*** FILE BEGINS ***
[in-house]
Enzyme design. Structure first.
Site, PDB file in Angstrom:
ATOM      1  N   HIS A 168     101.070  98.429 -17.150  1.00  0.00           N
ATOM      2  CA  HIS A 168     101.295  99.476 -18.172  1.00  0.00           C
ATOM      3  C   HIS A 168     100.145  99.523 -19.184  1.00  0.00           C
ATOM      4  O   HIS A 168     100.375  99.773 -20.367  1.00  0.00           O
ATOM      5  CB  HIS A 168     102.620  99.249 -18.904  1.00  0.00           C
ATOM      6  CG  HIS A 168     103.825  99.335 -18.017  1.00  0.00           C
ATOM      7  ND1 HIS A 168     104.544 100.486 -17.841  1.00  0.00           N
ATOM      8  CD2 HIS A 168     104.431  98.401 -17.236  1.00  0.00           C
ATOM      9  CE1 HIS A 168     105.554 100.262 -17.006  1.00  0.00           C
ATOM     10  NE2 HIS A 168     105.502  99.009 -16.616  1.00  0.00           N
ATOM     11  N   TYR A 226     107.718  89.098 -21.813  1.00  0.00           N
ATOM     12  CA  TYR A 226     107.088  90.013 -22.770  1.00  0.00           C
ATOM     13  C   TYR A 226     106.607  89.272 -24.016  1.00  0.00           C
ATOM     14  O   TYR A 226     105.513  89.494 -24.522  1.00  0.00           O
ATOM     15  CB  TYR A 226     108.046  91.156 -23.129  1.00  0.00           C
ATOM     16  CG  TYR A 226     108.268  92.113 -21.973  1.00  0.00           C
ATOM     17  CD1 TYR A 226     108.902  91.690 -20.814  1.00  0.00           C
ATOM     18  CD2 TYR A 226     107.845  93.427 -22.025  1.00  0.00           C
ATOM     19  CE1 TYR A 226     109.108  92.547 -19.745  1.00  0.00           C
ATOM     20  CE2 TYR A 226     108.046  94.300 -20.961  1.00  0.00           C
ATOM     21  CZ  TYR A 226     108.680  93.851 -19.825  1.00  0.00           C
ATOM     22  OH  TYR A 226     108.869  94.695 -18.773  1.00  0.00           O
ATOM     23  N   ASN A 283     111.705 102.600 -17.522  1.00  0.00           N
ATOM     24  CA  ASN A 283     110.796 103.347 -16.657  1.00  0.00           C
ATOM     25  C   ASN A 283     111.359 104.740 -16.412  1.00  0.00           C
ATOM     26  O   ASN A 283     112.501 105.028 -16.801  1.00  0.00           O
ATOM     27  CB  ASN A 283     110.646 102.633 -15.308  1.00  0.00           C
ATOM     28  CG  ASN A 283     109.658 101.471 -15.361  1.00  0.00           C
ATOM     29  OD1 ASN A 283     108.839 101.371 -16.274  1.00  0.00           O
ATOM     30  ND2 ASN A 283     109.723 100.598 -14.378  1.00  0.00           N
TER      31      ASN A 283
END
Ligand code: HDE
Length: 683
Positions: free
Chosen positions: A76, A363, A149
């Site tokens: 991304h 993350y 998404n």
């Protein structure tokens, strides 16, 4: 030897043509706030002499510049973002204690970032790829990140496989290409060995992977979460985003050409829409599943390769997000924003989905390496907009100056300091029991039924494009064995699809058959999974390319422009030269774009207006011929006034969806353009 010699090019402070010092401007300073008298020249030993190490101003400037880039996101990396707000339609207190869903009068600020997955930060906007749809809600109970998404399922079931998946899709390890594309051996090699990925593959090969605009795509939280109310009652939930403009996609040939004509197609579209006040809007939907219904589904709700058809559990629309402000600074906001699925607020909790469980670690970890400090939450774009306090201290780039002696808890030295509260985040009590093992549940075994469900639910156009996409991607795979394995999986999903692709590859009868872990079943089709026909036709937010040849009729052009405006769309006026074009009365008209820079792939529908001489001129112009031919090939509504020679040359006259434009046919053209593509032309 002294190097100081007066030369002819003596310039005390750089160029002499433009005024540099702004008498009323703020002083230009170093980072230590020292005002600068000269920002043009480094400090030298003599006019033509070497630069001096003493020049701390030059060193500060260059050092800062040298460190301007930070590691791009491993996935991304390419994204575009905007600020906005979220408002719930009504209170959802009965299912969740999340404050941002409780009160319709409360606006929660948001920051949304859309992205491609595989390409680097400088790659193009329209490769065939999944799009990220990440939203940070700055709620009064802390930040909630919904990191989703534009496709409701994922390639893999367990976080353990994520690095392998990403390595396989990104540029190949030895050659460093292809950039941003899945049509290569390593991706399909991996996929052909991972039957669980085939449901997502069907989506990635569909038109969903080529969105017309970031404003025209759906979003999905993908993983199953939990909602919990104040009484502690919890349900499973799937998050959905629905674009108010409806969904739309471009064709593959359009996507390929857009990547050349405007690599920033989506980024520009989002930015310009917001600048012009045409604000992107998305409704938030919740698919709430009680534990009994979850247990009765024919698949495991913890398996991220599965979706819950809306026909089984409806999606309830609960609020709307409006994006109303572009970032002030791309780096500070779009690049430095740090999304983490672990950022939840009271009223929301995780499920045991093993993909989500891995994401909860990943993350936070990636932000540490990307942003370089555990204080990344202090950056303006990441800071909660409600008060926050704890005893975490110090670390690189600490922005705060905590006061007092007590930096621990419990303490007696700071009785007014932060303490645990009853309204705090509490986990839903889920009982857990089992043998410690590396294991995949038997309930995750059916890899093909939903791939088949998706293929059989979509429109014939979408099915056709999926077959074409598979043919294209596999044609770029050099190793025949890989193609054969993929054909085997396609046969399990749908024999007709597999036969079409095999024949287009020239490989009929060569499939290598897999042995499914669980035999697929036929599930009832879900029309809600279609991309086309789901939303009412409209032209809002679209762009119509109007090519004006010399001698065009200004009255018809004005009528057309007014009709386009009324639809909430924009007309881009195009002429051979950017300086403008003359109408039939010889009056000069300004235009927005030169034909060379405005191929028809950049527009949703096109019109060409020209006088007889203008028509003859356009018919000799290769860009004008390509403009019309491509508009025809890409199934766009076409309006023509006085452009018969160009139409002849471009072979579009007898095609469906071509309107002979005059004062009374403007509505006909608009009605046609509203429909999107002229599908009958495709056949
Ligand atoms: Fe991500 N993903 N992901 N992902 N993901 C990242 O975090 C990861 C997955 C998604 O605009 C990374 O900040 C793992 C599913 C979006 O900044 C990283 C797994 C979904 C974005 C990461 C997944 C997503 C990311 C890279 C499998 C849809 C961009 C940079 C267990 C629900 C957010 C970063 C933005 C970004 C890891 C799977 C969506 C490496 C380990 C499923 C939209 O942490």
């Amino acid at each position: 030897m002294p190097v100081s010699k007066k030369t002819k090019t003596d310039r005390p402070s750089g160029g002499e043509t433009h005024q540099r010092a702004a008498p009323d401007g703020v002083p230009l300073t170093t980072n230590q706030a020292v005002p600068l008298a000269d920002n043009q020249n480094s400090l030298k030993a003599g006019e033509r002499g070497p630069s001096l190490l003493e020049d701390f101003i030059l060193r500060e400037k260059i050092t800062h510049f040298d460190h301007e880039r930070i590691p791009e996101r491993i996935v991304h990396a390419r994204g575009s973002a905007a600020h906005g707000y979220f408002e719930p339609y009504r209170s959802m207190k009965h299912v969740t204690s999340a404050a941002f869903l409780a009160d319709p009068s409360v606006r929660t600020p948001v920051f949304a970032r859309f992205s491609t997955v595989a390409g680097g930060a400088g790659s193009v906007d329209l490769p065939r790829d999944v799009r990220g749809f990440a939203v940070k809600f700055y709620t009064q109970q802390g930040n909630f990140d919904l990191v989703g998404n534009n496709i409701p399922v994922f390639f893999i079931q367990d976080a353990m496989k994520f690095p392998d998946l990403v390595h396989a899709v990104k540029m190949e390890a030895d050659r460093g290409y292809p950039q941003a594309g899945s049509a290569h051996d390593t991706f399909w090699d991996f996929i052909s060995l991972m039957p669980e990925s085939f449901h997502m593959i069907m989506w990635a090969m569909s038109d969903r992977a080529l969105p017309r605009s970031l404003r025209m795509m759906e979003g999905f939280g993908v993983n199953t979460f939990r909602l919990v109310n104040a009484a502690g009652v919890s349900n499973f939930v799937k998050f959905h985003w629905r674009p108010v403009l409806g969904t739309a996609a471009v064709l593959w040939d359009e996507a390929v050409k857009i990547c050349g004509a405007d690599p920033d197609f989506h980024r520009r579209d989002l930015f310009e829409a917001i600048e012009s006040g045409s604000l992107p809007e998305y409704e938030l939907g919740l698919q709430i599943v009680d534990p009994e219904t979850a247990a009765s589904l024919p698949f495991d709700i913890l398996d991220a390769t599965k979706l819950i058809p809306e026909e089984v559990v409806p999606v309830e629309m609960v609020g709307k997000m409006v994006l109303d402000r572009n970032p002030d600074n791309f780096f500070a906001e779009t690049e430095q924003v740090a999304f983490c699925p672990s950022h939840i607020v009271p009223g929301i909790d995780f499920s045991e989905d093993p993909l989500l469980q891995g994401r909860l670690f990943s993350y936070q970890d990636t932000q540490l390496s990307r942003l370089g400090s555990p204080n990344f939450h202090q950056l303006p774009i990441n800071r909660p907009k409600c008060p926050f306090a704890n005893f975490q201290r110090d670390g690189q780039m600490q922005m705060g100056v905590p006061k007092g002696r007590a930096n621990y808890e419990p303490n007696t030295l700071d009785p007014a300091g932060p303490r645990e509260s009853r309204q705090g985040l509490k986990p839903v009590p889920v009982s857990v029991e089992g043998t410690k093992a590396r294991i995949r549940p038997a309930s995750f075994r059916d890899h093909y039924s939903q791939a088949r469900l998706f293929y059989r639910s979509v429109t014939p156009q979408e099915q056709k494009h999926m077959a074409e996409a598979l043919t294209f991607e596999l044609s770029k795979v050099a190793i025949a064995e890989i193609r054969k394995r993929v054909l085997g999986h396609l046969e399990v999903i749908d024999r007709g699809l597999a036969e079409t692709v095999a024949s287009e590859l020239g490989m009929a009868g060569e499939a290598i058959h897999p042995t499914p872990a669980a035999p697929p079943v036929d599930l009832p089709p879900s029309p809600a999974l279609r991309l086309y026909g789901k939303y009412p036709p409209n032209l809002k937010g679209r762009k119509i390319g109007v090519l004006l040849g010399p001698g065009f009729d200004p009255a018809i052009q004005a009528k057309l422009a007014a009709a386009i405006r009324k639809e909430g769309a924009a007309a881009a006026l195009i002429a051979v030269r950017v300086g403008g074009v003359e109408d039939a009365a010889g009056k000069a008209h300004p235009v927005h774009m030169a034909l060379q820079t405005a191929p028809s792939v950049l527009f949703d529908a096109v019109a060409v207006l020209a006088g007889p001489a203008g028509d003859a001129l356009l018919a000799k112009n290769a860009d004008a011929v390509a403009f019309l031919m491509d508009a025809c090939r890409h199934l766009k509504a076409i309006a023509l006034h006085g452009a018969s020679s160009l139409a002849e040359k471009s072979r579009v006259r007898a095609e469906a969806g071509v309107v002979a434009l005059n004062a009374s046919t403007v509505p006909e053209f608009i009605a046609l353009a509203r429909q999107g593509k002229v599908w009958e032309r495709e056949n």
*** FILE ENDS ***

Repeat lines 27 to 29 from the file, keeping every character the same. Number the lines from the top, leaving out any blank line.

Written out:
ATOM     24  CA  ASN A 283     110.796 103.347 -16.657  1.00  0.00           C
ATOM     25  C   ASN A 283     111.359 104.740 -16.412  1.00  0.00           C
ATOM     26  O   ASN A 283     112.501 105.028 -16.801  1.00  0.00           O